This is a paid partnership with Fredericia.
I first made an acquaintance with this beautiful chair two years ago when I was introduced to Fredericia at the London Design Festival. Inviting me to experience their collection for myself, I was somewhat spoilt for choice. They took one look at me and said “that one – that’s the chair for you”. It was The Spanish Chair, a modernist classic launched in 1958 by Børge Mogensen.
It is a dream to sit in. Despite its upright position, I promise you, it’s just perfect for kicking off your shoes and losing yourself in a good read. It creaks as it adjusts to your shifting weight, with arms just right for your mug of coffee, a notepad. It’s been staying in our unfinished bedroom and I’ve had the pure, unadulterated pleasure of styling and living with it for the past few weeks.
Who Are Fredericia?
Named after a small industrial town in Denmark, the Fredericia design house was founded in 1911 operating as a chair factory. During its first twenty years of production, the factory concentrated on upholstery, later becoming the first licenser of Thonet in Scandinavia. Family owned to this day, its humble beginnings and near bankruptcy would see it become a forerunner of Danish Modernism.
In 1955, the factory was acquired by CEO and architect Andreas Graversen who brought in close friend and designer Børge Mogensen to turn it around. Over the next twenty years, Mogensen would go on to design a string of Danish modern classics, including his first – the No.1 Sofa whose shape would arguably become the most emulated silhouette for furniture in modern design. His style was described by Graversen as “unpretentious, pure and honest”. His ethos was to create pieces that would blend seamlessly into the every day, interested in the functionality and simplicity of it over the short term trend.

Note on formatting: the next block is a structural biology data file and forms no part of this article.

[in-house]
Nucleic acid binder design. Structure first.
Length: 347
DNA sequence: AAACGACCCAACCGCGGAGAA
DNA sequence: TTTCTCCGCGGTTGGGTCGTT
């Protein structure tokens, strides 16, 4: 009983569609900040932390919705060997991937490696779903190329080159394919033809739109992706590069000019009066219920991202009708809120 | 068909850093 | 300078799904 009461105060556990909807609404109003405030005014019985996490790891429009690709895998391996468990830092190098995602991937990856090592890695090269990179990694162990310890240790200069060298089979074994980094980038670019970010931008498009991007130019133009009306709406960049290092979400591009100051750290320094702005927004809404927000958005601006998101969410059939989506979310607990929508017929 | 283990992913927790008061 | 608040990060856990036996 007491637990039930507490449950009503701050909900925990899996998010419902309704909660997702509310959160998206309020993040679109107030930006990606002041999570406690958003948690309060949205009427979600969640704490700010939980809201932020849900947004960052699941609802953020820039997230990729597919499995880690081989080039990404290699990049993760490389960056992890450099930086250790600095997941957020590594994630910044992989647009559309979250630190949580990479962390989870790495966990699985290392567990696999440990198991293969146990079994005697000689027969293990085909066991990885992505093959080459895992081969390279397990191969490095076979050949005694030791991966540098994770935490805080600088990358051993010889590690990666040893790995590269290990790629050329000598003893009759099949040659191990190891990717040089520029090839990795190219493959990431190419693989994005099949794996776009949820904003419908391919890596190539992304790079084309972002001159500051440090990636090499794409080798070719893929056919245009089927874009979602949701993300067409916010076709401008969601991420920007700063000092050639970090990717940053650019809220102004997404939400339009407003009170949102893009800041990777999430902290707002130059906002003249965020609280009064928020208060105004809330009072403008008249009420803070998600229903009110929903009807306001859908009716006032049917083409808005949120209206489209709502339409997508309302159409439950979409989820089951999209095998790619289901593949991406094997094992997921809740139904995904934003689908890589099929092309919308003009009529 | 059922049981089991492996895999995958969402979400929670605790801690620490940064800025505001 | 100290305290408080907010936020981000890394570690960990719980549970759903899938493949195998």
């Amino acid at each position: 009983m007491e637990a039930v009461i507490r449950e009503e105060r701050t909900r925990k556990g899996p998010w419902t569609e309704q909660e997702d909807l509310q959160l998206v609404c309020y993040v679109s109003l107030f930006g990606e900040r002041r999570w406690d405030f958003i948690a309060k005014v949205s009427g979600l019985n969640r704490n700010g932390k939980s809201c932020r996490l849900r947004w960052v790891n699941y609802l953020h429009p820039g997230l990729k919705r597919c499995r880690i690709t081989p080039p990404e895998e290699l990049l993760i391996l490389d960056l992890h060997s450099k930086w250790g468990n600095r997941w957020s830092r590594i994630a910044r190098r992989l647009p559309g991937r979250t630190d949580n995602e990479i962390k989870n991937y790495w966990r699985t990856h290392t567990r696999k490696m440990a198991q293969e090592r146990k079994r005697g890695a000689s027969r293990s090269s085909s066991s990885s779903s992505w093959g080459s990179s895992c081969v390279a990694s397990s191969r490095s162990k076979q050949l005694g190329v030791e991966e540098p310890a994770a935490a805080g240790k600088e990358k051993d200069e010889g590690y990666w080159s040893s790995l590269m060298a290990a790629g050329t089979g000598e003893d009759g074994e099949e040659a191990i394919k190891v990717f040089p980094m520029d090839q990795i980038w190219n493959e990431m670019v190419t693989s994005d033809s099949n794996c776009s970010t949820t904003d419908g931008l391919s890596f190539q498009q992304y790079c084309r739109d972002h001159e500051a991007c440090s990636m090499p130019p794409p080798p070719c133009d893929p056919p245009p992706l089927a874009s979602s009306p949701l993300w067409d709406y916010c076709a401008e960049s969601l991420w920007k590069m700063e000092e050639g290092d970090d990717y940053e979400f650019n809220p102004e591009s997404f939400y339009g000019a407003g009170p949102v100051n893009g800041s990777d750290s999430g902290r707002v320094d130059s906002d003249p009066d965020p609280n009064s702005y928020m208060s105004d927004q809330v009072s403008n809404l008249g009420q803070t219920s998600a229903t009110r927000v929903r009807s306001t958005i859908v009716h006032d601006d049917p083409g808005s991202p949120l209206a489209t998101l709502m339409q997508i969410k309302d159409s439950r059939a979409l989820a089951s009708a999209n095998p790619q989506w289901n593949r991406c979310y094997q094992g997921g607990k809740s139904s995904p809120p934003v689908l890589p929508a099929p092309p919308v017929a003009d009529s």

Today, Fredericia is home to some of the most revered designers of our time, including Cecilie Manz, Gamfratesi and our very own Jasper Morrison. Building on a proud heritage, Fredericia continues to create the modern originals of tomorrow. Their designs show the high level of craftsmanship, long-lasting integrity and of course, the quintessentially Danish aesthetic for which they’re known.
The Spanish Chair
On a journey through Spain, Mogensen noticed a chair with wide arm-rests, a style common in parts influenced by Islamic culture. This sparked an internal based on functionality, a clean aesthetic and unassuming, rustic materials that would ultimately become The Spanish Chair.
Manufactured by Fredericia to his exacting standard, the chair’s geometric frame ensures greater stability. Whereas flat sawn wood has a tendency to split, the stronger quartersawn oak frame shows the almost straight stripes of grain that run through the wood. Vegetable tanned saddle leather becomes the backrest and seat, a Medieval Spanish methodology of furniture construction that would inspire Mogensen throughout his career. One can just imagine the beautiful patina that would develop in the leather over time. Brass buckles underneath tighten the leather as it softens and the wide armrests are intended to be used as a ledge for a cup or book, doing away with the table and opening up space.
As this year marks the 60th anniversary of The Spanish Chair, Fredericia has produced a limited edition in one of Mogensen’s most loved shades sourced from his archive. Olive Green. Undoubtedly a popular colour in Mid-Century design, the chair is a symbol of the longevity and enduring nature of Fredericia’s rich design heritage. Available until December 31st 2018.